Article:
It seems Apple may be starting another round of application removals from the App Store. On Thursday it started removing selected Wi-Fi finder apps, otherwise known as “stumblers”. These apps enable iPhone and iPod Touch users to locate Wi-Fi networks around them and then try to use those networks for internet access.
One reason given by Apple to one app author was the “use of private frameworks”. Although the author questioned about this is unable to explain which private framework this may be.
Wi-Fi finders which rely on an online database have not been removed, and a Tokyo based developer has had his app “Sekai Camera” app removed for it’s use of Wi-Fi networks. That app is not a Wi-Fi finder app primarily, but does scan for nearby Wi-Fi networks in a similar way to the “stumbler” apps and that of the iPhone’s own OS.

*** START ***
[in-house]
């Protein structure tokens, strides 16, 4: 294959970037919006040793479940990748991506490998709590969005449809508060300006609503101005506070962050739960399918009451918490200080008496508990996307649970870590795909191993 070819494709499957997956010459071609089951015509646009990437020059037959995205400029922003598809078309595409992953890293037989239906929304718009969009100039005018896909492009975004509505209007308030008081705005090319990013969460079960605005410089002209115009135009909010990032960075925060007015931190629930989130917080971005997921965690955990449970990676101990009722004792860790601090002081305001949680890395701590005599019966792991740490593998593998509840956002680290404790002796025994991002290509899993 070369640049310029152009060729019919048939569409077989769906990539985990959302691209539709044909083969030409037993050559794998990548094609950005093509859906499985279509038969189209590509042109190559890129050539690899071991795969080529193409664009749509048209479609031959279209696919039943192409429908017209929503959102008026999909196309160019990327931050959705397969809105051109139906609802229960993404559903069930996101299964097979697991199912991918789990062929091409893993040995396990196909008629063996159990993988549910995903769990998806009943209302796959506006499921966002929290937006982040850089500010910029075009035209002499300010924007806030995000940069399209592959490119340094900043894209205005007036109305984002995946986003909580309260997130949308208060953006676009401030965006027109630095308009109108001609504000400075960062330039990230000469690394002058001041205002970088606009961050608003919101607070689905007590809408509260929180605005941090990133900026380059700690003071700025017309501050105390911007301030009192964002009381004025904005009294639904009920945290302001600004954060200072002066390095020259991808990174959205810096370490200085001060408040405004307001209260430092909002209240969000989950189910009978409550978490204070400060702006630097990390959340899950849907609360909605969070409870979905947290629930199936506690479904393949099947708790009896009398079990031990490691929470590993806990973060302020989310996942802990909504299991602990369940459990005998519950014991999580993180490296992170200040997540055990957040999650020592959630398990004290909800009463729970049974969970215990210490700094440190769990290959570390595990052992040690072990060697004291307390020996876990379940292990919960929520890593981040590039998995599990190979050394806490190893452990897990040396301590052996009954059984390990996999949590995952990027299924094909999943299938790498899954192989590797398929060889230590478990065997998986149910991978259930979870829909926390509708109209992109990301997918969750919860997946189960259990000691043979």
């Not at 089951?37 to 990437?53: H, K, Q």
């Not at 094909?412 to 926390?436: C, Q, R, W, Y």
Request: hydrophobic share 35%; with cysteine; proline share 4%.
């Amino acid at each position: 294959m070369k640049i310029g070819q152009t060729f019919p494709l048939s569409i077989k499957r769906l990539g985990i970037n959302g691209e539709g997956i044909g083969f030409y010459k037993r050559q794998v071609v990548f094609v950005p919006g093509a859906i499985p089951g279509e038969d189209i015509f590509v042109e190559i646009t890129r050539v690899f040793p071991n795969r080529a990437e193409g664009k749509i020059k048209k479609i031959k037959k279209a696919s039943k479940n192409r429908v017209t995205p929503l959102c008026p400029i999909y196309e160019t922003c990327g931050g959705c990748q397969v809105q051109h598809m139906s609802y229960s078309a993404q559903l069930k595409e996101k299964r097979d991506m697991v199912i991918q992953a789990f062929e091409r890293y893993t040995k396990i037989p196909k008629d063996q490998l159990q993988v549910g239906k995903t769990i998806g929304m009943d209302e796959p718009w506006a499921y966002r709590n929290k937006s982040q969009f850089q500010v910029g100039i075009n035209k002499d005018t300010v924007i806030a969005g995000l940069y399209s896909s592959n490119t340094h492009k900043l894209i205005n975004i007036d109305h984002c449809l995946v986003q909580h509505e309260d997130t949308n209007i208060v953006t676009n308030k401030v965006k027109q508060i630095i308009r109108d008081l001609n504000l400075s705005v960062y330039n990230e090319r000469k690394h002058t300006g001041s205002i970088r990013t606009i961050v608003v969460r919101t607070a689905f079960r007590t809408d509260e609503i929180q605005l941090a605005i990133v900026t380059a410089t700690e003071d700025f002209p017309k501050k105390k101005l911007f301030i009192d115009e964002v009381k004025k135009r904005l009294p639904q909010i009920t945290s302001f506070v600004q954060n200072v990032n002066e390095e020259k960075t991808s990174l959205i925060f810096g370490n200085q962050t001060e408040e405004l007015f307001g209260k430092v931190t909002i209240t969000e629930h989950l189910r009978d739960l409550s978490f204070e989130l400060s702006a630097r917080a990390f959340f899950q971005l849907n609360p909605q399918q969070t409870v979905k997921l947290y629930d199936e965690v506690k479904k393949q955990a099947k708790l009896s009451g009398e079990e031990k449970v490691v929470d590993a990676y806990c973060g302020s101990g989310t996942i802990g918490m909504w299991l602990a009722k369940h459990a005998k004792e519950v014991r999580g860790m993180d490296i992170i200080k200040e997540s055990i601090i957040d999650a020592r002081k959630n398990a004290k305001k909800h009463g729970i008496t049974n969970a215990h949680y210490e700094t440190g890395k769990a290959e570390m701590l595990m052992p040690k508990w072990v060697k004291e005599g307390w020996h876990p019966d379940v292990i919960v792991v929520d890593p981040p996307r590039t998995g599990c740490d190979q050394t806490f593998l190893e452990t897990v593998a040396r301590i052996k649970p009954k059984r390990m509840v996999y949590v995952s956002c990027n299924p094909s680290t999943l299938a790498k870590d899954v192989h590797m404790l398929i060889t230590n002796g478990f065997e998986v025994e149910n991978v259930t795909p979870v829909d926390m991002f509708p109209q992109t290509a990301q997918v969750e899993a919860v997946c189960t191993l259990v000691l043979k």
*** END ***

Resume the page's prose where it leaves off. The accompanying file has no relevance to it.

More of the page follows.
So it seems that this is likely to do with the way some developers are using the iPhone and iPod Touches Wi-Fi radio to scan for nearby networks.
This looks less like a purge and more like a pruning of apps that use borderline methods to achieve things.
In an App Store which is bulging at the seems with applications it seems likely that apps that skate too close to the line of what is and isn’t allowed may well be the first to go in any spring cleaning Apple decides to do.
Have you had an app removed? Let us know…